“The pledges countries made during the Paris climate accord don’t get us anywhere close to what we have to do,” said Drew Shindell, a climate expert at Duke University and one of the authors of the IPCC report. “They haven’t really followed through with actions to reduce their emissions in any way commensurate with what they profess to be aiming for.”

The new 1.5 C report will feed into a process called the “Talanoa Dialogue,” in which parties to the Paris agreement begin to consider the large gap between what they say they want to achieve and what they are actually doing. The dialogue will unfold in December at an annual United Nations climate meeting in Katowice, Poland.

But it is unclear what concrete commitments may result.

At issue is what scientists call the ‘carbon budget’: Because carbon dioxide lives in the atmosphere for so long, there’s only a limited amount that can be emitted before it becomes impossible to avoid a given temperature, like 1.5 degrees Celsius. And since the world emits about 41 billion tons of carbon dioxide per year, if the remaining budget is 410 billion tons (for example), then scientists can say we have 10 years until the budget is gone and 1.5 C is locked in.

Unless emissions start to decline — which gives more time. This is why scenarios for holding warming to 1.5 degrees C require rapid and deep changes to how we get energy.

The window may now be as narrow as around 15 years of current emissions, but since we don’t know for sure, according to the researchers, that really depends on how much of a margin of error we’re willing to give ourselves.

And if we can’t cut other gases — such as methane — or if the Arctic permafrost starts emitting large volumes of additional gases, then the budget gets even narrower.

“It would be an enormous challenge to keep warming below a threshold” of 1.5 degrees Celsius, said Shindell, bluntly. “This would be a really enormous lift.”

So enormous, he said, that it would require a monumental shift toward decarbonization. By 2030 — barely a decade away — the world’s emissions would need to drop by about 40 percent. By the middle of the century, societies would need to have zero net emissions. What might that look like? In part, it would include things such as no more gas-powered vehicles, a phaseout of coal-fired power plants and airplanes running on biofuels, he said.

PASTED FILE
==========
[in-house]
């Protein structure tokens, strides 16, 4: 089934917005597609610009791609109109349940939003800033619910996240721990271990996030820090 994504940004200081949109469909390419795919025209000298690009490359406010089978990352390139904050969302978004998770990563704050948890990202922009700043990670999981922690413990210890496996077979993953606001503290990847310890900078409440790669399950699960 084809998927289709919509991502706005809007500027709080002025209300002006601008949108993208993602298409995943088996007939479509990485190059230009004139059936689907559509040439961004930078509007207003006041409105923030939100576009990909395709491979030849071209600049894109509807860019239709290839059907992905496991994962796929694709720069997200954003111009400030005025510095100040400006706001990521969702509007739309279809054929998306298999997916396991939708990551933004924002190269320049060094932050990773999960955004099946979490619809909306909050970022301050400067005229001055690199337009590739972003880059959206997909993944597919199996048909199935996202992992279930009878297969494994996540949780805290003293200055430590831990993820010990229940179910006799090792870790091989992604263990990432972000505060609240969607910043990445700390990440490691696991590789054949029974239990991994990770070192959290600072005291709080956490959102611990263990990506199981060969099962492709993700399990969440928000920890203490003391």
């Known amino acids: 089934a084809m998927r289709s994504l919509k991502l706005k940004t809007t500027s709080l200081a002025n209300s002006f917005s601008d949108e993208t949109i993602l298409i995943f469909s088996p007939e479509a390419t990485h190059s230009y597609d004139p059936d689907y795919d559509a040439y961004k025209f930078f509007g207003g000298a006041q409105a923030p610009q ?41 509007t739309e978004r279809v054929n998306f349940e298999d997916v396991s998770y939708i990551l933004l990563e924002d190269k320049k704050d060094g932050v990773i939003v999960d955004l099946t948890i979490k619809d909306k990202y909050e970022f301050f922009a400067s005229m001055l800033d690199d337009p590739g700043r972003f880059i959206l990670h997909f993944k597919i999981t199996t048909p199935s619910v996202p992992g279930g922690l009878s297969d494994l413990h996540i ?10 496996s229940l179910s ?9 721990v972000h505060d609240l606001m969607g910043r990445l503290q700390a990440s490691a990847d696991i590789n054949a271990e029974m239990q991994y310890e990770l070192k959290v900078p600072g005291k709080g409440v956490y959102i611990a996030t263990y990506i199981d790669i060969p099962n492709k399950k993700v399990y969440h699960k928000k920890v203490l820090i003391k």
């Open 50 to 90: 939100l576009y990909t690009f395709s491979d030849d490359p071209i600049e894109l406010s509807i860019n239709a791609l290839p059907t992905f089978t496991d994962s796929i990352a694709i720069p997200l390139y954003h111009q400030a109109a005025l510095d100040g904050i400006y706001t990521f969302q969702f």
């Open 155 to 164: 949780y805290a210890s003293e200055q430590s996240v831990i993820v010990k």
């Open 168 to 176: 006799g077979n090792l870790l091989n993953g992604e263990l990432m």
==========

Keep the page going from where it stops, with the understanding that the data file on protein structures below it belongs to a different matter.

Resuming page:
“It’s a drastic change,” he said. “These are huge, huge shifts … This would really be an unprecedented rate and magnitude of change.”

And that’s just the point — 1.5 degrees is still possible, but only if the world goes through a staggering transformation.

An early draft (leaked and published by the website Climate Home News) suggests that future scenarios of a 1.5 C warming limit would require the massive deployment of technologies to remove carbon dioxide from the air and bury it below the ground. Such technologies do not exist at anything close to the scale that would be required.

“There are now very small number of pathways [to 1.5C] that don’t involve carbon removal,” said Jim Skea, chair of the IPCC’s Working Group III and a professor at Imperial College London.

It’s not clear how scientists can best give the world’s governments this message — or to what extent governments are up for hearing it.

An early leaked draft of the report said there was a “very high risk” that the world would warm more than 1.5 degrees. But a later draft, also leaked to Climate Home News, appeared to back off, instead saying that “there is no simple answer to the question of whether it is feasible to limit warming to 1.5 C . . . feasibility has multiple dimensions that need to be considered simultaneously and systematically.”

None of this language is final. That’s what this week in Incheon — intended to get the report ready for an official release on Monday — is all about.

“I think many people would be happy if we were further along than we are,” the IPCC’s Lynn said Wednesday morning in Incheon. “But in all the approval sessions that I’ve seen, I’ve seen five of them now, that has always been the case. It sort of gets there in the end.”

Sep 26 2018

Sardines

The little things